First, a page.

Dawson Creek Mayor Dale Bumstead says his city has received tremendous value from the performance audit report from the office of the acting Provincial Auditor-General for Local Government.
It found some significant issues with how the City planned and managed the Calvin Kruk Arts Centre Project, as they relate to decision making, risk management, and costs estimates and budgeting.
It concluded the City should act to improve its capital asset management, capital project planning, and procurement policies and practices.
A candid Mayor Bumstead says, that’s already been done by the current council, as the City moves forward, with a five to seven year, $9 million repair project, on three ice arenas…
“We used this audit to help guide us on the decisions we made on the Memorial Arena and the curling rink. We don’t want to just spend two, three, or four million bucks fixing the mechanical systems and then find out later that we have a roof that could collapse or that we’ve got a structural problem.
“To me those are key recommendations that you want to do and take forward. The kind of recommendations that you get out of a review of a project that was so controversial in our community because it did go much longer as a result of cost overruns and a contractor who ended up not being able to complete the job. To me those are things that you learn from hopefully and help guide you to make decisions on behalf of your taxpayers because that’s who’s paying. It’s not us.”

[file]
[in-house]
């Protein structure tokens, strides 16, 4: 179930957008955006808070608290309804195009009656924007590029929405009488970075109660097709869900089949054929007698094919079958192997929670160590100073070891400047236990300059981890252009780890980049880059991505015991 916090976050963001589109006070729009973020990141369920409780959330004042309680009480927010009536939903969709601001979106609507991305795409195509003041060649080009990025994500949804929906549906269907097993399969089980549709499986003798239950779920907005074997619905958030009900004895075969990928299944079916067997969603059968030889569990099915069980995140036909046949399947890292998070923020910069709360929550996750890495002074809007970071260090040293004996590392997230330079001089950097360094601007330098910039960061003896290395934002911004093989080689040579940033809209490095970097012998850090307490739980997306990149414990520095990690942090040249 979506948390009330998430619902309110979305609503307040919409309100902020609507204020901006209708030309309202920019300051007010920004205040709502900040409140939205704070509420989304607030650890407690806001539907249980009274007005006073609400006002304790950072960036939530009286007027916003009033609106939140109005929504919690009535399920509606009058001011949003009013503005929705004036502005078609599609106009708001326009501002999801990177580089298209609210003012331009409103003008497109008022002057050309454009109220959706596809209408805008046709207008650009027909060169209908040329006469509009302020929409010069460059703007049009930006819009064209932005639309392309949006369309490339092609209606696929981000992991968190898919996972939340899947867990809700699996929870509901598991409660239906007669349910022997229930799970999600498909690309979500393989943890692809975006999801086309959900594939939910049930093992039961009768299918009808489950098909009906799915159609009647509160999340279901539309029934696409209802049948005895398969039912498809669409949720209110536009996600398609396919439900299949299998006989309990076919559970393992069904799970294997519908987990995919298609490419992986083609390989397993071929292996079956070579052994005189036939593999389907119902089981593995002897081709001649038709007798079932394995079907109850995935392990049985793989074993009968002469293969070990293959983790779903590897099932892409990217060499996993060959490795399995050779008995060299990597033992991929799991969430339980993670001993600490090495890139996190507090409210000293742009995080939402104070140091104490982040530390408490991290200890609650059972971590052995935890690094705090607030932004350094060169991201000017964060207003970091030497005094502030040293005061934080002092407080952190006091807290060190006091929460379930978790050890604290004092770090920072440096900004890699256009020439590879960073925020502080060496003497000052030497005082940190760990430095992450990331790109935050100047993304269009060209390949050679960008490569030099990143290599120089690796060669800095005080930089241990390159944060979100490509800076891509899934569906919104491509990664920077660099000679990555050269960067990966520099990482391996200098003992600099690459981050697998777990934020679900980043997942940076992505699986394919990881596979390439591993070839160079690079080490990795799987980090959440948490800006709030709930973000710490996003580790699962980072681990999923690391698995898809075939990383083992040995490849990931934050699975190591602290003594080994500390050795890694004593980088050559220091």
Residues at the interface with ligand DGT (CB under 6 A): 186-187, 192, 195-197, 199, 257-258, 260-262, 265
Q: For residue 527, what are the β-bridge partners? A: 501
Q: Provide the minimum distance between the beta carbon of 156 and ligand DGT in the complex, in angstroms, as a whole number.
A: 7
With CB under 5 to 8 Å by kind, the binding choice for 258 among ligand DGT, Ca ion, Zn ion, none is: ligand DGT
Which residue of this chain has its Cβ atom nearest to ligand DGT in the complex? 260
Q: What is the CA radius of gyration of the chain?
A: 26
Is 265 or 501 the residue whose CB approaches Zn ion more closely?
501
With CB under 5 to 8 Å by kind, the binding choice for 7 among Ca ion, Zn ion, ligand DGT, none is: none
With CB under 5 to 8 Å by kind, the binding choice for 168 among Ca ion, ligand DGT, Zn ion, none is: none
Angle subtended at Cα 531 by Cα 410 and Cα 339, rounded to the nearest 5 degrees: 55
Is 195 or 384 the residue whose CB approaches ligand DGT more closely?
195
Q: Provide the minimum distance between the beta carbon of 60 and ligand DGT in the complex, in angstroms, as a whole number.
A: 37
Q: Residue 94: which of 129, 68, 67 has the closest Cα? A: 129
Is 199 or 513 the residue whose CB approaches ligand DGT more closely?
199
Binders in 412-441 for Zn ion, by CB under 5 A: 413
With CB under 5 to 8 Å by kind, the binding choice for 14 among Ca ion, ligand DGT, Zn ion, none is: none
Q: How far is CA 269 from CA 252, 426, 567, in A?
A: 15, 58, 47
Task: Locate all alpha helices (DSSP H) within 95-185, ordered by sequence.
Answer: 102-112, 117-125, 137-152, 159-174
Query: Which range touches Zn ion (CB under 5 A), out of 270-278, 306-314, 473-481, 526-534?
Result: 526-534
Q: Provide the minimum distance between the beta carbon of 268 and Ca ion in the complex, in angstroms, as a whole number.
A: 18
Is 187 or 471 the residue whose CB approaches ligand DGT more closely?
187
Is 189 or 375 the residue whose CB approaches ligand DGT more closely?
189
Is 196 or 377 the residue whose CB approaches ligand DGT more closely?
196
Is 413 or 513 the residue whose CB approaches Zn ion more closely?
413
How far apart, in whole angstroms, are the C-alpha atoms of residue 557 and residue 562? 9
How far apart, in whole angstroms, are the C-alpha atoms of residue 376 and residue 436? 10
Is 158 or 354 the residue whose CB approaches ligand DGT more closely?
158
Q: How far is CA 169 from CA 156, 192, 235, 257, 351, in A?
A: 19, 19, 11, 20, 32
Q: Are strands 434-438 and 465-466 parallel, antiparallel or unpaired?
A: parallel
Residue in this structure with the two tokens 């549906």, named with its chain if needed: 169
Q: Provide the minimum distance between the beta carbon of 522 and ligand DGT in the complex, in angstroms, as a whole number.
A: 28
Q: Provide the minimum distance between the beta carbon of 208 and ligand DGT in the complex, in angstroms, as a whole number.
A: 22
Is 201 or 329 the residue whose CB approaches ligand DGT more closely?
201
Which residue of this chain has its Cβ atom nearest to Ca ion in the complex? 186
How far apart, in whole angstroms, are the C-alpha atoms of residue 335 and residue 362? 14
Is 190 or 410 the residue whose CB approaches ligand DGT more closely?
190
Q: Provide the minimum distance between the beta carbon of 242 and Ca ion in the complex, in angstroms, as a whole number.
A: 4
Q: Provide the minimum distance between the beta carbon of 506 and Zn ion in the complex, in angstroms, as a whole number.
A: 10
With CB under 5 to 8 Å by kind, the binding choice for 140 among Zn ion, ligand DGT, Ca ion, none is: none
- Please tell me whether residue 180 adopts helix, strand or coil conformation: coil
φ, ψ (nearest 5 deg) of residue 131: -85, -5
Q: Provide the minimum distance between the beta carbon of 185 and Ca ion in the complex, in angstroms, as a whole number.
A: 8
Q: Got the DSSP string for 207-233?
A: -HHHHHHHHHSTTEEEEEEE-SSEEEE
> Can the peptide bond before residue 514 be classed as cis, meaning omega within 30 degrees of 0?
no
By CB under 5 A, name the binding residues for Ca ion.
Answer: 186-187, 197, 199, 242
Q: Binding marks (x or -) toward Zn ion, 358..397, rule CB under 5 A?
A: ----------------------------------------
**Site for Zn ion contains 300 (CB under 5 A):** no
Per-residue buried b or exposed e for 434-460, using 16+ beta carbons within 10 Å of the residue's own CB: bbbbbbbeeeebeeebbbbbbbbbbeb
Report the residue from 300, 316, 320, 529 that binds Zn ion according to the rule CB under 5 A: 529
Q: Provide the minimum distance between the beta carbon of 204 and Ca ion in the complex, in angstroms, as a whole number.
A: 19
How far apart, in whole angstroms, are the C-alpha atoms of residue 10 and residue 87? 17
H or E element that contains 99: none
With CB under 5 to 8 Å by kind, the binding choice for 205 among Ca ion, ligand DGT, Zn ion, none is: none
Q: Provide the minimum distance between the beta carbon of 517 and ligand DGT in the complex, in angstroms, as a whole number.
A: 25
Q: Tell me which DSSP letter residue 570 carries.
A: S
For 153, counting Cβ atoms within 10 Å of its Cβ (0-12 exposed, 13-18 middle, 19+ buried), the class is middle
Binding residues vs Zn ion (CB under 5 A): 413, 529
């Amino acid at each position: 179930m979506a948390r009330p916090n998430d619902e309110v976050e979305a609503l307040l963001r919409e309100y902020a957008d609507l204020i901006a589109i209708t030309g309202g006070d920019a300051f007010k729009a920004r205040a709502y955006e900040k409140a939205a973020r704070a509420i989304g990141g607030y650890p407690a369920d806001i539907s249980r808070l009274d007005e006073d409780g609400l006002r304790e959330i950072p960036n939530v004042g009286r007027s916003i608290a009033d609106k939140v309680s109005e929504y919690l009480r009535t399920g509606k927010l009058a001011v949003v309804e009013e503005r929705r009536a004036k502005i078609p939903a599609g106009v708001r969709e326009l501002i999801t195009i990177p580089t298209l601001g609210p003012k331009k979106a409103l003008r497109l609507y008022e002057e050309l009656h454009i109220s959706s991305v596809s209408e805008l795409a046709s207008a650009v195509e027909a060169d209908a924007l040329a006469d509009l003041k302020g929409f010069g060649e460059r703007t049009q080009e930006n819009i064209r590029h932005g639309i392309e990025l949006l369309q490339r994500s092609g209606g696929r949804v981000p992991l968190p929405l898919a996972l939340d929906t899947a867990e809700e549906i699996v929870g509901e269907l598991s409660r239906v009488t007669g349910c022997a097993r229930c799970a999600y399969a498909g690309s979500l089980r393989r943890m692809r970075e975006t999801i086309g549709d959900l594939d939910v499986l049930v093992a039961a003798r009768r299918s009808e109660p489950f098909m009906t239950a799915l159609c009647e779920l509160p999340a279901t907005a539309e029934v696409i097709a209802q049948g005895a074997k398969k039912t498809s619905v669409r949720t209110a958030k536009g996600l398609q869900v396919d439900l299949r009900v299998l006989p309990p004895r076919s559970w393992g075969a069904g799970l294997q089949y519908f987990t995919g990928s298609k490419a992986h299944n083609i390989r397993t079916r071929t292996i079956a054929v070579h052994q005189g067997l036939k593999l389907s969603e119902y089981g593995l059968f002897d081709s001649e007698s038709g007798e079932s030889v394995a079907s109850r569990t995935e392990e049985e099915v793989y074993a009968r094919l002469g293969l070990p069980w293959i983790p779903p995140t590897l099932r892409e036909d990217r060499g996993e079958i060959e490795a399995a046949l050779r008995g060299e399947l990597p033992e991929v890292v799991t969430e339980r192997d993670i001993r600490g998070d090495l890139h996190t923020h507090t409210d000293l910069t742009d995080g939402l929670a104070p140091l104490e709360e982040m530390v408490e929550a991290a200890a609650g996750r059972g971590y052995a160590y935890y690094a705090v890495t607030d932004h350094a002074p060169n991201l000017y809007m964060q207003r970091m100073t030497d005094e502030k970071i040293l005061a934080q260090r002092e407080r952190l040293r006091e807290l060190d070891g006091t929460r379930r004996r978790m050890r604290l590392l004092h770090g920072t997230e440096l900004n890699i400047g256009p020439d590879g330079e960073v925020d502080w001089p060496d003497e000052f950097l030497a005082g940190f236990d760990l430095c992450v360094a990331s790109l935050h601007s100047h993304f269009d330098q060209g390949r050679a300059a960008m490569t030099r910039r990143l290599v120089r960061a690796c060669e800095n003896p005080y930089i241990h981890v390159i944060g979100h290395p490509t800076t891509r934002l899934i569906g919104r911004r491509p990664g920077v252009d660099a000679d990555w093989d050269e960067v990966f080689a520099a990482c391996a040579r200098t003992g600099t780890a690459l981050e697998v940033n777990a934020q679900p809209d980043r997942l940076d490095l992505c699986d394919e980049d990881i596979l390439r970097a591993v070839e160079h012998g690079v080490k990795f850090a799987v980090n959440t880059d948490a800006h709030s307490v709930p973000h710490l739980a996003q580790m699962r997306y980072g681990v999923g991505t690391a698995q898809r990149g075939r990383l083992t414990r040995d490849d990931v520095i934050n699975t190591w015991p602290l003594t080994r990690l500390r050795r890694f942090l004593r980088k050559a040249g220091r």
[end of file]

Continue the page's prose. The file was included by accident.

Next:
For those not familiar with the story, in 2008, the City of Dawson Creek purchased the old post office building from the federal government and began the process of renovating and converting it into the arts centre.
Originally estimated at $10 million, the project budget increased several times and eventually reached $17.6 million.
In addition to the cost increases, the project also experienced significant delays, and the Centre wasn’t opened until September of last year.
That was only after it was completed by a replacement contractor, who took over, when the original one—as agreed to by the city—left the construction site in January of 2013.